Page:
Sickle cell anemia is a chronic condition of blood that occurs as soon as the red blood cells change their shape and transform into sickle shaped cells. These cells are round shaped normally, while the transformation that takes place results in their shape and functioning being affected. The basic function of these cells is to transport oxygen to various body parts so that they get their required share in order to function smoothly.
The round shape of these cells makes it easier for them to fit into, and pass through several vessels and passages in the body without any obstruction. On the other hand, once sickle cell anemia occurs, the transformation in shape results in the cells not being able to pass through passages which are very narrow. As they are not able to travel to particular regions in the body, those places remain deprived of oxygen.
Furthermore, if organs such as the brain, kidney and heart do not obtain their share of oxygen, they may create a critical situation for the person who is suffering from it. One of the most common symptoms that is associated with it is pain, which may get worse in case the problem is not being controlled or cured. The lungs and liver may also start getting damaged. There are numerous other symptoms related to sickle cell, which vary from person to person. As some individuals may experience them in the mildest of forms, while for the rest it may be highly severe.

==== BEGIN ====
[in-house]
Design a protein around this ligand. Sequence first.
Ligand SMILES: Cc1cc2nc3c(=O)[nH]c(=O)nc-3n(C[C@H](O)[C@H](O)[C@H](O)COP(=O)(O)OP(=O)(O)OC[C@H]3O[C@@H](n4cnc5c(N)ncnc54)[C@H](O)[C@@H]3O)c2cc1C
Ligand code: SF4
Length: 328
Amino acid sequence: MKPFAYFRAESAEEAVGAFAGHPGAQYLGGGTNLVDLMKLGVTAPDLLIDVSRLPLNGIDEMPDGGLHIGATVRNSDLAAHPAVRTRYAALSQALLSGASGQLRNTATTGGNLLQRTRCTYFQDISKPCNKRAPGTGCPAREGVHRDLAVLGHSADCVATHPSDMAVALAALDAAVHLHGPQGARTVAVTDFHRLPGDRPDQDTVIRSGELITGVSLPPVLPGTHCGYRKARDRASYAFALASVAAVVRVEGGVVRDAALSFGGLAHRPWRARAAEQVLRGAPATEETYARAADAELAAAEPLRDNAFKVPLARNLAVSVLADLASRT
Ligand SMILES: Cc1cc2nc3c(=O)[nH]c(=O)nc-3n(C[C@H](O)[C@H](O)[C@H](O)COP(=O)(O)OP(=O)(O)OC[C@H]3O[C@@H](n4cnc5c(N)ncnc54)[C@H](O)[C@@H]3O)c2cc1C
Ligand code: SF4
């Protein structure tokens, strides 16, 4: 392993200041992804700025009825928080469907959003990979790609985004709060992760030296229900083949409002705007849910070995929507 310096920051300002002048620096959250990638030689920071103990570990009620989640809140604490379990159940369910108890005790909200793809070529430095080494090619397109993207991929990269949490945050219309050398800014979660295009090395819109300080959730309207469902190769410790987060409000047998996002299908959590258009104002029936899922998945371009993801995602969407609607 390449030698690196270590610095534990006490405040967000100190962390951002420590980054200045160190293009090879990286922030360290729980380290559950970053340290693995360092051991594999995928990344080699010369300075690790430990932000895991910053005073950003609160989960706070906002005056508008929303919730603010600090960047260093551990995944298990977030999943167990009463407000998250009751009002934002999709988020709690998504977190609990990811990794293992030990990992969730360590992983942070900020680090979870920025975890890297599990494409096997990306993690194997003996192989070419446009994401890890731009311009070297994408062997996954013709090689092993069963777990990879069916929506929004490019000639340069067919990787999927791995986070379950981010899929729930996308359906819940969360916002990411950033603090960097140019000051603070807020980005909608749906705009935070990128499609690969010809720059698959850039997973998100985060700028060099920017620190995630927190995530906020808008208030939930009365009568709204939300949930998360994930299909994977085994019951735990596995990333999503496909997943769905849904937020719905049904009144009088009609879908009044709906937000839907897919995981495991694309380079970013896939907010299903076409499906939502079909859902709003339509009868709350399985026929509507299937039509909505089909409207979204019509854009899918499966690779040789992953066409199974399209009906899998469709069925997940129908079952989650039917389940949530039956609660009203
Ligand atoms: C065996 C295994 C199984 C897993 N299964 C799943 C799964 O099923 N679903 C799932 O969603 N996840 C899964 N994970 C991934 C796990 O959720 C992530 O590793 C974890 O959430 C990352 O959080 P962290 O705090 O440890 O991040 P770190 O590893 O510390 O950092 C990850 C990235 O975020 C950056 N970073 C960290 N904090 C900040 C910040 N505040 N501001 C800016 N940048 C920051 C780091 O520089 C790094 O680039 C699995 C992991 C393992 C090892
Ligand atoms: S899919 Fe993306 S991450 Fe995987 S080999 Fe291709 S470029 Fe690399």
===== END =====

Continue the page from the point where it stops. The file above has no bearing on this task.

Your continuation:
If a person is suffering from this disease, it may be present in him or her since the very beginning of their birth. However it starts getting evident after around four months. Along with pain, the person may also come across feelings of lethargy and weakness. Furthermore, shortness of breath, dizziness, headaches, heart rates getting rapid, and pain in the abdomen and chest may also be experienced. Such a person’s hands and feet become quite cold and the skin may turn out to be pale. The person might also experience blood while urinating, decreased fertility and pain in the penis. The symptoms for children with sickle cell anemia might be similar, when it comes to stomach ache, or pain in the chest and bones. Some children may only go through these some minutes, while the rest may suffer for days.
Get more details about this topic on: National Library of Medicine – Sickle Cell Disease